Research in space for health: growing blood vessels

Research in space for health: growing blood vessels


Did you know that when cultured in microgravity, cells grow as 3D cell aggregates, which better mirror the shape and the environment cells experience in our bodies? Here on Earth, we have gravity, and that means that sedimentation and convection effects play a major role during cell culture. In space, on the other hand, these cells can also arrange themselves in 3D structures such as spheres, that better mirror the way cells organize
themselves in the body. With this better simulation of in vivo-like conditions, we can now better evaluate the causes, state and progress of a large number of diseases. We flew an experiment on-board the International
Space Station in 2016 called SPHEROIDS With SPHEROIDS, we found that indeed some cells had assembled to globular 3D-agglomerates, while others even formed tubular structures similar to the inner lining of blood vessels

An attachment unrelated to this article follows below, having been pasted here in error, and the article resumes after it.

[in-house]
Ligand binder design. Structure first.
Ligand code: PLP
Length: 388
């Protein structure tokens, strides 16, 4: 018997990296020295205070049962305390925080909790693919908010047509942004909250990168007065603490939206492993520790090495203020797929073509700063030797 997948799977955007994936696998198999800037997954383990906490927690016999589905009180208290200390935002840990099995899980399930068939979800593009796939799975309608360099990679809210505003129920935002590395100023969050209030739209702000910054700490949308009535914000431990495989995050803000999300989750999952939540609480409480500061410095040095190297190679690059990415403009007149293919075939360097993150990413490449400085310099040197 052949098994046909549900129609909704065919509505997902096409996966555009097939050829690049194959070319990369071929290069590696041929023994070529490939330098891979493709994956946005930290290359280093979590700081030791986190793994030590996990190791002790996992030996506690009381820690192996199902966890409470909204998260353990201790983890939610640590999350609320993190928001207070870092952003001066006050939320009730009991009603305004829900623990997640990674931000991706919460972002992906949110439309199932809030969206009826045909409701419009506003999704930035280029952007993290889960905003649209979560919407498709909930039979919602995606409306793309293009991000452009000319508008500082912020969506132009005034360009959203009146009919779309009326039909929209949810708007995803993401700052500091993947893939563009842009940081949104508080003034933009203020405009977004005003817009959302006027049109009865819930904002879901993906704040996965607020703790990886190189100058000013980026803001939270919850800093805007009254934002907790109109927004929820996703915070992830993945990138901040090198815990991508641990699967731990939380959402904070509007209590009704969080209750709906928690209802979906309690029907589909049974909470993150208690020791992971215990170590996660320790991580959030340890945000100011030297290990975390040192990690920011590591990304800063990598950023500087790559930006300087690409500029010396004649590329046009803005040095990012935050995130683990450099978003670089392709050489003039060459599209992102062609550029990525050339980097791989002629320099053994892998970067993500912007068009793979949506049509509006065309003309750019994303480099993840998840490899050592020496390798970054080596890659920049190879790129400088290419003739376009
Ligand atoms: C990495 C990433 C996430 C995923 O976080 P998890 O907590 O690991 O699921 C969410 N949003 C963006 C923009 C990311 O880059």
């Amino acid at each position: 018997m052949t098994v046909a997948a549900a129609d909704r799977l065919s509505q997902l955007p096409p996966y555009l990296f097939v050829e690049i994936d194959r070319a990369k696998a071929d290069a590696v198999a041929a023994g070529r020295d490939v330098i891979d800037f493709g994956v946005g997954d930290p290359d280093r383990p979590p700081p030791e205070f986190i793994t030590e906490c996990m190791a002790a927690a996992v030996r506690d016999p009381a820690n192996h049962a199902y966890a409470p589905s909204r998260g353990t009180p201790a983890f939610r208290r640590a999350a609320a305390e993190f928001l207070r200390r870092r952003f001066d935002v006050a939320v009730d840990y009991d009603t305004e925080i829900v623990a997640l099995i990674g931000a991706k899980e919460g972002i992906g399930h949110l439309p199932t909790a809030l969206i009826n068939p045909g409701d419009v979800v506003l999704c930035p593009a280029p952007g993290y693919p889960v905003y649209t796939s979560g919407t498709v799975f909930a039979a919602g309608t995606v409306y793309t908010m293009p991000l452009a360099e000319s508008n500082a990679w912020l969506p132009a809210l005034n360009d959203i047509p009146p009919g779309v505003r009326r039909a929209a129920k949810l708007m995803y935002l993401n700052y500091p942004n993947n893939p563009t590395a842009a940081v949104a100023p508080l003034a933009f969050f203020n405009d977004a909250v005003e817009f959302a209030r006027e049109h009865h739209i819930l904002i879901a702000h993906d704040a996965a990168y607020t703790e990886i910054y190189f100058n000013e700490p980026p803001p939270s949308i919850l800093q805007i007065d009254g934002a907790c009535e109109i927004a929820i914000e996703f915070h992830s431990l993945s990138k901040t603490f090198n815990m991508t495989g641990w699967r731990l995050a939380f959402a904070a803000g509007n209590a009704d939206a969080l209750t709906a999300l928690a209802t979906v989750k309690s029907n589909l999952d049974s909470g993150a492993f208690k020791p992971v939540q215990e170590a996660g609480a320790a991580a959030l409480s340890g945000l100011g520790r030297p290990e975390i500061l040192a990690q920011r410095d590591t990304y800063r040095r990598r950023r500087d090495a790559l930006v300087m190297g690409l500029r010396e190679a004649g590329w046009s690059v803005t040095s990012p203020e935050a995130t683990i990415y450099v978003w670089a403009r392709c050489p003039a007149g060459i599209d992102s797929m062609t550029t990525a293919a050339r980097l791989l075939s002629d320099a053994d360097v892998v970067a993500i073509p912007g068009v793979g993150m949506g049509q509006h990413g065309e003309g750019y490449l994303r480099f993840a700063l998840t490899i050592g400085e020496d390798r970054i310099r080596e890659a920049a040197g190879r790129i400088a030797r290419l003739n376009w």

in the body, that is something we have never obtained through cell culture in normal gravity. Thanks to the experiment in space, we were able to gain insights into the cells’ metabolic and molecular mechanisms that regulate their 3D growth, differentiation and structural configuration. They also are helpful for the development
of tissue engineering techniques and possibly drugs that mediate vessel development. Endothelial dysfunctions promote several diseases, among which atherosclerosis, hypertension,
diabetes, and thrombosis. Acquiring more knowledge about the changes that space induces in those cells gives us new perspectives into vessel function maintenance and can lead to the development of new therapies to prevent cardiovascular diseases on Earth. Space is successfully contributing to open innovative research opportunities. SPHEROIDS is a concrete example of how progress can be made in: reconstructive surgery and tissue engineering to replace damaged blood vessels in patients. in cardivascular disease treatment, through the development and testing of more
efficient and safer drugs. Now you know that space can help further study cell cultures. Do take advantage of the opportunities and capabilities that are available for your research and development to grow and extend your achievements. Do take the next step… the step to space. We did it already.

9 Replies to “Research in space for health: growing blood vessels”

  1. This is very useful for cell culture majorly for fire accident patients to stimulate the growth of cells in wounded area further faster way…..is it possible??????? #tissue engineering .
    #ESA its a very nice video….!!

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